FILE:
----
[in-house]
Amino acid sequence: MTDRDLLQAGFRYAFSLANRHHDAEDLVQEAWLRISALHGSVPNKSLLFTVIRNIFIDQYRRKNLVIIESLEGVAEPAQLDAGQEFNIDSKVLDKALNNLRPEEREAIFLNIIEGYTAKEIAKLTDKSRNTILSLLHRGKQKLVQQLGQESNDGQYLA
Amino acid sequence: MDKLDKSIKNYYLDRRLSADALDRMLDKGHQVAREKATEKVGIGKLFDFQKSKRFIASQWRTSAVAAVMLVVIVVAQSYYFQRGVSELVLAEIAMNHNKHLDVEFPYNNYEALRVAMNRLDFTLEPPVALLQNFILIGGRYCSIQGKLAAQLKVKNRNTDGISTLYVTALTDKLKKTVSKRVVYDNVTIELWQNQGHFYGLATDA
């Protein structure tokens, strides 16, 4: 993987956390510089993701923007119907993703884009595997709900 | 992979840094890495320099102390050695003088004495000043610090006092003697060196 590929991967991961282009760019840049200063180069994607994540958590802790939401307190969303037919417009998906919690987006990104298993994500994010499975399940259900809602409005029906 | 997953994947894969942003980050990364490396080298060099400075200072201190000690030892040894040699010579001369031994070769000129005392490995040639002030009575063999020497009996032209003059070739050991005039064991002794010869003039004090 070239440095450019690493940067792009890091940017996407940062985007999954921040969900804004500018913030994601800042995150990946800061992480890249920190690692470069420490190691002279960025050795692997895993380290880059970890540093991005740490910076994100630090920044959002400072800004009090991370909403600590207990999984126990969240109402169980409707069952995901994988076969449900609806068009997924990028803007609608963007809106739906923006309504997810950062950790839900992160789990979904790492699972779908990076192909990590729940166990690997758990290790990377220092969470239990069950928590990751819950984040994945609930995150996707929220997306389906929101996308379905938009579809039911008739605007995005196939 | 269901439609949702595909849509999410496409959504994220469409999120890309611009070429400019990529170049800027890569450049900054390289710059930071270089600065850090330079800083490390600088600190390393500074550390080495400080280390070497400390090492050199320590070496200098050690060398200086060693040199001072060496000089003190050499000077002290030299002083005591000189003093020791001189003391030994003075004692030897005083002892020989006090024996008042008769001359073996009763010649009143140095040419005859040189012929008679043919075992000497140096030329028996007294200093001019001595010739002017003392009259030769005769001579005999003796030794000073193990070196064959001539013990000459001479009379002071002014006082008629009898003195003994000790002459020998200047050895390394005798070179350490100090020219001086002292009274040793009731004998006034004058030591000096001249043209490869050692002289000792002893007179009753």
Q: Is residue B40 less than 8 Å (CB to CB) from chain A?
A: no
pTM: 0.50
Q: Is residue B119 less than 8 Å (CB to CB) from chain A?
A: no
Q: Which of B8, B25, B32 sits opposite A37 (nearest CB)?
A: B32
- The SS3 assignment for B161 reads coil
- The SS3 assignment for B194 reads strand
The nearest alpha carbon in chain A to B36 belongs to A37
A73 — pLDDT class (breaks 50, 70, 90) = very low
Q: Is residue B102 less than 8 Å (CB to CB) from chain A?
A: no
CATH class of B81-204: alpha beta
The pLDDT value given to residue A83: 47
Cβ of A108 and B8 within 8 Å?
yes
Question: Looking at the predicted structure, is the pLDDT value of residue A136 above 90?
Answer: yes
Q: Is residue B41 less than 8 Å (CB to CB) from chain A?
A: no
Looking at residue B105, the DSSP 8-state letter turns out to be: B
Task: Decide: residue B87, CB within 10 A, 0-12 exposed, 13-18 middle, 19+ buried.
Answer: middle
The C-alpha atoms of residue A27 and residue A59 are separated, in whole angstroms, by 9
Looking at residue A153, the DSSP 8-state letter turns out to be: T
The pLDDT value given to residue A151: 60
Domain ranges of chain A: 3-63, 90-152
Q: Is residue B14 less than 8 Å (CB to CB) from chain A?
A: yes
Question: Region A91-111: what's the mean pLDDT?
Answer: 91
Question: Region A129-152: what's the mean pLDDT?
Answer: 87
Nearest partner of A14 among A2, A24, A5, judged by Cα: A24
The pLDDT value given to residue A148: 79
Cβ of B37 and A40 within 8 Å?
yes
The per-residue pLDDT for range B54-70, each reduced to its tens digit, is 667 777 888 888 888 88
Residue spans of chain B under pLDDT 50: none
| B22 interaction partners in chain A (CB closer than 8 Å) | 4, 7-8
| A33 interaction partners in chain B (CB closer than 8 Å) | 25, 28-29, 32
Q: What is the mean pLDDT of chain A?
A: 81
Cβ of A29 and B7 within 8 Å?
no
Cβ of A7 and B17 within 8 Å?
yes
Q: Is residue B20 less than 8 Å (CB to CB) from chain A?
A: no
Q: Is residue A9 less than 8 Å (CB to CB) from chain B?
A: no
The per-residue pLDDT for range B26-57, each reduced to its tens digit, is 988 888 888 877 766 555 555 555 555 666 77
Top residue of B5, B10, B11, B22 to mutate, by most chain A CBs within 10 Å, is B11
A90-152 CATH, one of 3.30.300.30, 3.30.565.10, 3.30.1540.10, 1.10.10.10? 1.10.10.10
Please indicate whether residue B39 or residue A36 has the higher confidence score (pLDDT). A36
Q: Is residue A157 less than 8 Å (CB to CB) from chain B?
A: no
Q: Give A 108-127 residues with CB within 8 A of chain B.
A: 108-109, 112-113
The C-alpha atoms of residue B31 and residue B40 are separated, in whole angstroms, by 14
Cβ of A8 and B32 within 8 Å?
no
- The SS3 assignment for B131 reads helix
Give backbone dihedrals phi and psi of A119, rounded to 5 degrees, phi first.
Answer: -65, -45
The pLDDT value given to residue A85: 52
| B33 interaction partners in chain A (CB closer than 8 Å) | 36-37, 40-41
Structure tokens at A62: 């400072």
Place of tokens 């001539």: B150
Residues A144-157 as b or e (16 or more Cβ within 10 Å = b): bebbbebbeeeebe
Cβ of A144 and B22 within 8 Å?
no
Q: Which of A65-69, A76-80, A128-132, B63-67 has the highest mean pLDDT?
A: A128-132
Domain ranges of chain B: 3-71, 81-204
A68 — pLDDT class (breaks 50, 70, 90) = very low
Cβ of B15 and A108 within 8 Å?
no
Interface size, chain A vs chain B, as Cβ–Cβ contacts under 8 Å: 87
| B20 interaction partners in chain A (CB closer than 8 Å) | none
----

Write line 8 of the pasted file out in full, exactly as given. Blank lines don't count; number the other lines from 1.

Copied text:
Q: Is residue B119 less than 8 Å (CB to CB) from chain A?